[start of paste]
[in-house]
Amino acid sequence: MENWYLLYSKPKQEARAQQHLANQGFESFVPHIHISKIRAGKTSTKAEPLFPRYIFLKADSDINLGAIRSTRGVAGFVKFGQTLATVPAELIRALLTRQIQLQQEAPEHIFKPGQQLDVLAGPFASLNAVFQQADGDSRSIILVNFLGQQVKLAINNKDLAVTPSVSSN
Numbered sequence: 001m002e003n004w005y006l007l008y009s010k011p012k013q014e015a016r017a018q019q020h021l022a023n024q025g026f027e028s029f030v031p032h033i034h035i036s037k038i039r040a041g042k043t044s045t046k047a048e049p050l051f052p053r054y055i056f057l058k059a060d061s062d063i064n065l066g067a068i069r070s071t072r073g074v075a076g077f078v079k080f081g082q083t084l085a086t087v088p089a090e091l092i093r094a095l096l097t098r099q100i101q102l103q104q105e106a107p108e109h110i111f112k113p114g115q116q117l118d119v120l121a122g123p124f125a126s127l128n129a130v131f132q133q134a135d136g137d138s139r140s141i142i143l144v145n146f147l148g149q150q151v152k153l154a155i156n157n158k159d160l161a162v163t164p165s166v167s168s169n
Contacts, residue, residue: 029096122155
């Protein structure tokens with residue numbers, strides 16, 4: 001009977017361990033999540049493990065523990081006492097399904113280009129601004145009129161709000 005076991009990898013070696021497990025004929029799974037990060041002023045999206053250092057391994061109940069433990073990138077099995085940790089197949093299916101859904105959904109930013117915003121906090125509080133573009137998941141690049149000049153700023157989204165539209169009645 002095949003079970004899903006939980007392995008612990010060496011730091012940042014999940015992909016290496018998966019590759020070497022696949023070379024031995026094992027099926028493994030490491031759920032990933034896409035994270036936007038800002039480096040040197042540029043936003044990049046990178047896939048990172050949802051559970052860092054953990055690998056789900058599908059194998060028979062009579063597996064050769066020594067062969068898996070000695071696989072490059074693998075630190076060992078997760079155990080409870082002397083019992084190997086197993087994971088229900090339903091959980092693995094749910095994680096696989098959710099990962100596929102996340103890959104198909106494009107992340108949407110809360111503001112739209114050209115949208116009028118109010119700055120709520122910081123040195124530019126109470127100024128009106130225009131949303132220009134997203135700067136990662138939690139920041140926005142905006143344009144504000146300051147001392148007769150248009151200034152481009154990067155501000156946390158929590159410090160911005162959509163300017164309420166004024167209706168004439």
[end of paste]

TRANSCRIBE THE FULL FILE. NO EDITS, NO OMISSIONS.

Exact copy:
[in-house]
Amino acid sequence: MENWYLLYSKPKQEARAQQHLANQGFESFVPHIHISKIRAGKTSTKAEPLFPRYIFLKADSDINLGAIRSTRGVAGFVKFGQTLATVPAELIRALLTRQIQLQQEAPEHIFKPGQQLDVLAGPFASLNAVFQQADGDSRSIILVNFLGQQVKLAINNKDLAVTPSVSSN
Numbered sequence: 001m002e003n004w005y006l007l008y009s010k011p012k013q014e015a016r017a018q019q020h021l022a023n024q025g026f027e028s029f030v031p032h033i034h035i036s037k038i039r040a041g042k043t044s045t046k047a048e049p050l051f052p053r054y055i056f057l058k059a060d061s062d063i064n065l066g067a068i069r070s071t072r073g074v075a076g077f078v079k080f081g082q083t084l085a086t087v088p089a090e091l092i093r094a095l096l097t098r099q100i101q102l103q104q105e106a107p108e109h110i111f112k113p114g115q116q117l118d119v120l121a122g123p124f125a126s127l128n129a130v131f132q133q134a135d136g137d138s139r140s141i142i143l144v145n146f147l148g149q150q151v152k153l154a155i156n157n158k159d160l161a162v163t164p165s166v167s168s169n
Contacts, residue, residue: 029096122155
């Protein structure tokens with residue numbers, strides 16, 4: 001009977017361990033999540049493990065523990081006492097399904113280009129601004145009129161709000 005076991009990898013070696021497990025004929029799974037990060041002023045999206053250092057391994061109940069433990073990138077099995085940790089197949093299916101859904105959904109930013117915003121906090125509080133573009137998941141690049149000049153700023157989204165539209169009645 002095949003079970004899903006939980007392995008612990010060496011730091012940042014999940015992909016290496018998966019590759020070497022696949023070379024031995026094992027099926028493994030490491031759920032990933034896409035994270036936007038800002039480096040040197042540029043936003044990049046990178047896939048990172050949802051559970052860092054953990055690998056789900058599908059194998060028979062009579063597996064050769066020594067062969068898996070000695071696989072490059074693998075630190076060992078997760079155990080409870082002397083019992084190997086197993087994971088229900090339903091959980092693995094749910095994680096696989098959710099990962100596929102996340103890959104198909106494009107992340108949407110809360111503001112739209114050209115949208116009028118109010119700055120709520122910081123040195124530019126109470127100024128009106130225009131949303132220009134997203135700067136990662138939690139920041140926005142905006143344009144504000146300051147001392148007769150248009151200034152481009154990067155501000156946390158929590159410090160911005162959509163300017164309420166004024167209706168004439």